In an interview in 1989 for the Zeitgeist magazine, Ibykus (you can read it all here), Yvette Chauviré mentioned ‘modern' dancing styles and her teaching:
Over the last few years, the épaulements have begun to disappear. People are aiming at “high-tech”, they exploit jumps, or certain beats, or pirouettes, or those stretches that go on forever, but they have forgot that dance is made up of directions and épaulements . I find that at the moment, people have difficulty making the head, the arms, and the torso, relate to what the legs are doing, how that all fits together, which means that the style has got more and more slipshod!
Personally, I try to teach people the use of épaulement, because I believe that that is what dancing is about, whereas, if one dances staring out at the audience, it's utterly flat, the picture has no relief. Where there is no relief, there is neither rhythm, nor the proper accenting of a phrase.
For example, in a jump, I see people going up like rockets, in one blow, BAM! They lose what should be the value of each successive moment, rising, and then ending when one touches the ground. Instead, they're suddenly up in the air, and it just stops right there, and the whole singing quality is lost.
As for épaulement, when I'm at a loss about what to do to get the students to grasp that, I find myself pulling the curtains over the studio mirror, to stop the students staring straight at themselves, and then I show them the steps with the épaulement again, and suddenly, the épaulement comes back!
In this revealing interview, she mentions Carlotta Zambelli, the Milanese ballerina who spent most of her career in Paris, as a dancer and then as a teacher.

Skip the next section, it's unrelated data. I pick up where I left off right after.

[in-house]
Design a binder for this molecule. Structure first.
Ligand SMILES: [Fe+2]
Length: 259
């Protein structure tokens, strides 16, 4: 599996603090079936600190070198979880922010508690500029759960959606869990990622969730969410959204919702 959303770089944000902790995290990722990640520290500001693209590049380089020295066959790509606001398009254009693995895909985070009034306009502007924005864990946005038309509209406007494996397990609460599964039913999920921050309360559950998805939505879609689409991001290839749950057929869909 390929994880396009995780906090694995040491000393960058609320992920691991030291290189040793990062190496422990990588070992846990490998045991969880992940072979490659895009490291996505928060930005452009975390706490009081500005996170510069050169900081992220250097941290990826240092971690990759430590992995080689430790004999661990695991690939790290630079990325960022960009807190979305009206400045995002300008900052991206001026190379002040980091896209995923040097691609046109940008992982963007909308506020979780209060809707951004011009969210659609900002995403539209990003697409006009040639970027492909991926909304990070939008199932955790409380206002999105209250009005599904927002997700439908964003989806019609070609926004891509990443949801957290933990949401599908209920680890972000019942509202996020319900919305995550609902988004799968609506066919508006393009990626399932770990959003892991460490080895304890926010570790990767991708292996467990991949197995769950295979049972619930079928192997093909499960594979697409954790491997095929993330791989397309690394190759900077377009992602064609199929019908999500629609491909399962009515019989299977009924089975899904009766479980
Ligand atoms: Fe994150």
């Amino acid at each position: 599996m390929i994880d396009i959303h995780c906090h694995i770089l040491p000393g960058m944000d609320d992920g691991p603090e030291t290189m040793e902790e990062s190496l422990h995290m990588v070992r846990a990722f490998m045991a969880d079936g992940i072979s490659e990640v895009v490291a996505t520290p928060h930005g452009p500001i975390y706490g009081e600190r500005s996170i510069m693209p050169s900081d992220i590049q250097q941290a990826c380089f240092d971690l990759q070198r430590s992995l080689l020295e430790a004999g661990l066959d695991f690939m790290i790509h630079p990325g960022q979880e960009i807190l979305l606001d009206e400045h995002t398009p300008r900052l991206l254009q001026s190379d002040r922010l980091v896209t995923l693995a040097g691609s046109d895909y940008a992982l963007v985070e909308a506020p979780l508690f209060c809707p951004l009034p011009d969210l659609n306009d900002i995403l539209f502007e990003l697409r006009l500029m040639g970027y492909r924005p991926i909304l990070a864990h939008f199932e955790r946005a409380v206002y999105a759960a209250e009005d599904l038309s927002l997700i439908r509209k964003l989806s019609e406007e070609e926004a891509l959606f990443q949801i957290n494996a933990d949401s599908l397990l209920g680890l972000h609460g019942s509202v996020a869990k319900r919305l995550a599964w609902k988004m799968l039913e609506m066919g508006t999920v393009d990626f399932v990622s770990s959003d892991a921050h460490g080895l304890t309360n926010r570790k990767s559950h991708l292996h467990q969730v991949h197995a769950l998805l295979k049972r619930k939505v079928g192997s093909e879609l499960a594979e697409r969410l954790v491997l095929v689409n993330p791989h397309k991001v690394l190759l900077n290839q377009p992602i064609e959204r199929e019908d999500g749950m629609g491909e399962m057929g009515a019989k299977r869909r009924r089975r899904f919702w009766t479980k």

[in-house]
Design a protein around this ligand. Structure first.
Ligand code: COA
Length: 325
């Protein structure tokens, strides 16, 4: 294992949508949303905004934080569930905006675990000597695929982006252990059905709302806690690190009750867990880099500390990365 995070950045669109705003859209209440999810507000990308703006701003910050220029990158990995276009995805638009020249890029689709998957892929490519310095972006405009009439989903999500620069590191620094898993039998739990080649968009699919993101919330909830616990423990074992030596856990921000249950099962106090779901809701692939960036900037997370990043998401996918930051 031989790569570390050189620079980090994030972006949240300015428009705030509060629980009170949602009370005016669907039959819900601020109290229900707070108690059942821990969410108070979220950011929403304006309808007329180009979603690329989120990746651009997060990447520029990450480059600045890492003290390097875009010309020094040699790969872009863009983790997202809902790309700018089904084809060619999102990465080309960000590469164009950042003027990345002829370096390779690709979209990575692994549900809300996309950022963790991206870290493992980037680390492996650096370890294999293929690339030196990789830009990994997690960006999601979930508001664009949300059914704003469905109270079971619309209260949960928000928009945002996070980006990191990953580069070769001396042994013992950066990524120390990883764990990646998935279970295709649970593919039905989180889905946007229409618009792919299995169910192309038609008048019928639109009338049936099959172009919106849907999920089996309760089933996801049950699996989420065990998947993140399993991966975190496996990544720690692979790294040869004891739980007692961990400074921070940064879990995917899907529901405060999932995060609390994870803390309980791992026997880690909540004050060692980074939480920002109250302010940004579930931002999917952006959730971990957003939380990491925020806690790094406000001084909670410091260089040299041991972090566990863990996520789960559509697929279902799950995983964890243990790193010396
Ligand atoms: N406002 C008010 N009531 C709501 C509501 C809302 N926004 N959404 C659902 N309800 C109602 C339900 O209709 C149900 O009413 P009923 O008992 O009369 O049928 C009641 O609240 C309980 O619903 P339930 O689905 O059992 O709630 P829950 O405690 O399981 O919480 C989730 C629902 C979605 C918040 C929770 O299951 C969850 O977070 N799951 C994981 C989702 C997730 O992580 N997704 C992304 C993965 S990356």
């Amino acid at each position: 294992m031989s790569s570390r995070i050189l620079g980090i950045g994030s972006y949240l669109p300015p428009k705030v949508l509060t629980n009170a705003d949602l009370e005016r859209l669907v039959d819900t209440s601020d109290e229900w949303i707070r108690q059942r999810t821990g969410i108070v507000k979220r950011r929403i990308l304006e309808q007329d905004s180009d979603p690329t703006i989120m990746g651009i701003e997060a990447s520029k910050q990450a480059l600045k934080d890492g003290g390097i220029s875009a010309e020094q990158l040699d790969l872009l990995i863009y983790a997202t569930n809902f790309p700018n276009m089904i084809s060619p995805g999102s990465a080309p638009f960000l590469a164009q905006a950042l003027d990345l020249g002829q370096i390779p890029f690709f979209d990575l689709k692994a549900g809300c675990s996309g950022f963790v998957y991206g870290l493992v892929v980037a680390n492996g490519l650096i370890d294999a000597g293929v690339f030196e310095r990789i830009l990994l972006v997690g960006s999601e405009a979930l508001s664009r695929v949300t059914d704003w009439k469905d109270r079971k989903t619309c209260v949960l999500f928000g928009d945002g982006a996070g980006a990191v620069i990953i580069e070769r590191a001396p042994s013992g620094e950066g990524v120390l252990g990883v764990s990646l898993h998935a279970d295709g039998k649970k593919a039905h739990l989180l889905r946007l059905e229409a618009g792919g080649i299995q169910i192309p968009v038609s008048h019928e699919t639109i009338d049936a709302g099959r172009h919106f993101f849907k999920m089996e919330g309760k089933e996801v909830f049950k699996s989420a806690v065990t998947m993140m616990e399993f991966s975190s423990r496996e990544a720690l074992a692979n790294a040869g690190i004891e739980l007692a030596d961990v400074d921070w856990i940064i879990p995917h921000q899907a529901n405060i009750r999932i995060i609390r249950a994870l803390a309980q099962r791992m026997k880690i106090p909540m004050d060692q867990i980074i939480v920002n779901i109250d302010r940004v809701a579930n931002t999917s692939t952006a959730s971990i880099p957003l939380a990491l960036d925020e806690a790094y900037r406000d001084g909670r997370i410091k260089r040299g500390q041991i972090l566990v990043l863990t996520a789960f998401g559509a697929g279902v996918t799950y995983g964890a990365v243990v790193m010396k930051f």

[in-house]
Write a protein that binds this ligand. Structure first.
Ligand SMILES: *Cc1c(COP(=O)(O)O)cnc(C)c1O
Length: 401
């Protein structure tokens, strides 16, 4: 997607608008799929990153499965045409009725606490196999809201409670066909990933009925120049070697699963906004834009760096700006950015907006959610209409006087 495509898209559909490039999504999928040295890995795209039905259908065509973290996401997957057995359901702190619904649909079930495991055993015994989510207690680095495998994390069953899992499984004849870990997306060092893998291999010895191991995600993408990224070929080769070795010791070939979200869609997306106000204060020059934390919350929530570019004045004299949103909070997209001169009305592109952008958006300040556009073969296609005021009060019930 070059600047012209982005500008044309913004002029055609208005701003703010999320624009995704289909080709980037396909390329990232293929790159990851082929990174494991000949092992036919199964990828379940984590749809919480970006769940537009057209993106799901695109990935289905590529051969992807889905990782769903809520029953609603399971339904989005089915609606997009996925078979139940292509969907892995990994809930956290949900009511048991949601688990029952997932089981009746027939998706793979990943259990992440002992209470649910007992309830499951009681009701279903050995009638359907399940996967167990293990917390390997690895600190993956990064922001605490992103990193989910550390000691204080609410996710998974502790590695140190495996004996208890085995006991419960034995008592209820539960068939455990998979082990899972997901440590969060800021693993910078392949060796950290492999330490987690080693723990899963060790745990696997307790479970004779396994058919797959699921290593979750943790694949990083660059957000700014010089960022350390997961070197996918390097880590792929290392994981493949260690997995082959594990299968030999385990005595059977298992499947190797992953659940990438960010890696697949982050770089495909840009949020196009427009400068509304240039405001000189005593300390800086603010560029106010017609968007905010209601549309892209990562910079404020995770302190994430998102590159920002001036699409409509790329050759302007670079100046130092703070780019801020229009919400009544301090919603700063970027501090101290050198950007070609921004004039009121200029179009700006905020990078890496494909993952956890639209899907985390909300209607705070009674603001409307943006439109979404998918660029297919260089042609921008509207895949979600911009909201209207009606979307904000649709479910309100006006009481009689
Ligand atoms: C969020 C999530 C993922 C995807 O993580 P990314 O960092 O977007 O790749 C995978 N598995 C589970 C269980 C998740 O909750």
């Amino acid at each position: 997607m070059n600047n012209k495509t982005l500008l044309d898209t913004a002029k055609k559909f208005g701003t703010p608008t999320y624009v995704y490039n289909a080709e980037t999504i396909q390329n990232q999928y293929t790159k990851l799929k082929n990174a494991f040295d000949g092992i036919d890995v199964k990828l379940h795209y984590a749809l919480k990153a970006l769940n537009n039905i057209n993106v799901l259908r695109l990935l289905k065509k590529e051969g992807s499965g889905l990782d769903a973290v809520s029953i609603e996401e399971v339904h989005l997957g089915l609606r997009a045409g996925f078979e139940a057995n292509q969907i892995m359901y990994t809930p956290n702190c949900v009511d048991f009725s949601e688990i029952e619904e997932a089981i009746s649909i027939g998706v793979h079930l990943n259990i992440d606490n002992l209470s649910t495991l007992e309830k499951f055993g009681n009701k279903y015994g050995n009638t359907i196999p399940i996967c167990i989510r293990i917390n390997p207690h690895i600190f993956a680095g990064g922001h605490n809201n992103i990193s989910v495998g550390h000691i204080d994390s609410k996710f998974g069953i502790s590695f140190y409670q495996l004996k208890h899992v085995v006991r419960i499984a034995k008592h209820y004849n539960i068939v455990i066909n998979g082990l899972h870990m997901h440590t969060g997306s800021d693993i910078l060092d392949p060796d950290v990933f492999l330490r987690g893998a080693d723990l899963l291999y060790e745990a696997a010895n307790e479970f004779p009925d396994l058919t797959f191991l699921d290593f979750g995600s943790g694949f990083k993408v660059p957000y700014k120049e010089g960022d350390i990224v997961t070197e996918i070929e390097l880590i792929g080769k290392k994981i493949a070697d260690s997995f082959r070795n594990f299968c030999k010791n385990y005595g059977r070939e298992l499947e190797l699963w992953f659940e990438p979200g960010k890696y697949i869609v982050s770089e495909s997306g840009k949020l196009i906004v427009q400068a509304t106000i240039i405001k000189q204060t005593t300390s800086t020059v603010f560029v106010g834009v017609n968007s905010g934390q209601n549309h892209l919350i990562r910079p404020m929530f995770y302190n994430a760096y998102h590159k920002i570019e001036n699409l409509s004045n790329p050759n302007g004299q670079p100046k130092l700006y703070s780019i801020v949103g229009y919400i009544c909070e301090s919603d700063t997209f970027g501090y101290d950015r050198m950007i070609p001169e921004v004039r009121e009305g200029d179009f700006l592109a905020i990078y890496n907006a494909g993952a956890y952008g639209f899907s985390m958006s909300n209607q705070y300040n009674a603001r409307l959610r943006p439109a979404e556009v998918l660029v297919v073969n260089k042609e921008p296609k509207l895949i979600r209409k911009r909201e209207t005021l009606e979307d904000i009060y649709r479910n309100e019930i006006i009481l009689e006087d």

I was never her personal student, but I learned everything from her, because I admired her so much. She stood for the highest French and Italian tradition, that is, perfection, and work on the mechanism of movement. Mlle Zambelli began to study at La Scala in Milan, she danced there, and then she was invited to Paris where she stayed the rest of her life.
I spent such a lot of time watching Mlle Zambelli teach! She thought I was a pro-Lifar element, and she was rather against Lifar, because he had stirred tings up here in the Opéra… Then I found out that she had told a number of people “Mlle Chauviré has understood everything, though I never taught her a single thing!”
The truth is, that I watched her lessons, I ‘photocopied' everything, then I made it my own. If eyes could eat, I could say I ate her lessons up with my eyes! And then she said: Mlle Chauviré is the one who upholds the tradition! ” And when I heard that, how surprised and delighted I was!
You can't do a thing about it, audiences prefer classical dancing! How many times have we had a house full of people who had never, ever been to a classical ballet, and what a triumph it was! Whereas, we listened to certain people, who cried, “Enough of all that! It's old hat!” Well, ‘Old Hat' it may be, but it still delights people, especially if it's beautifully danced. Yes, it's a delightful thing! All this will never die! Out of the ashes, the phoenix! It will never die!
Graham Spicer is a writer, director and photographer in Milan, blogging (under the name ‘Gramilano') about dance, opera, music and photography for people “who are a bit like me and like some of the things I like”. He was a regular columnist for Opera Now magazine and wrote for the BBC until transferring to Italy.
His scribblings have appeared in various publications from Woman's Weekly to Gay Times, and he wrote the ‘Danza in Italia' column for Dancing Times magazine.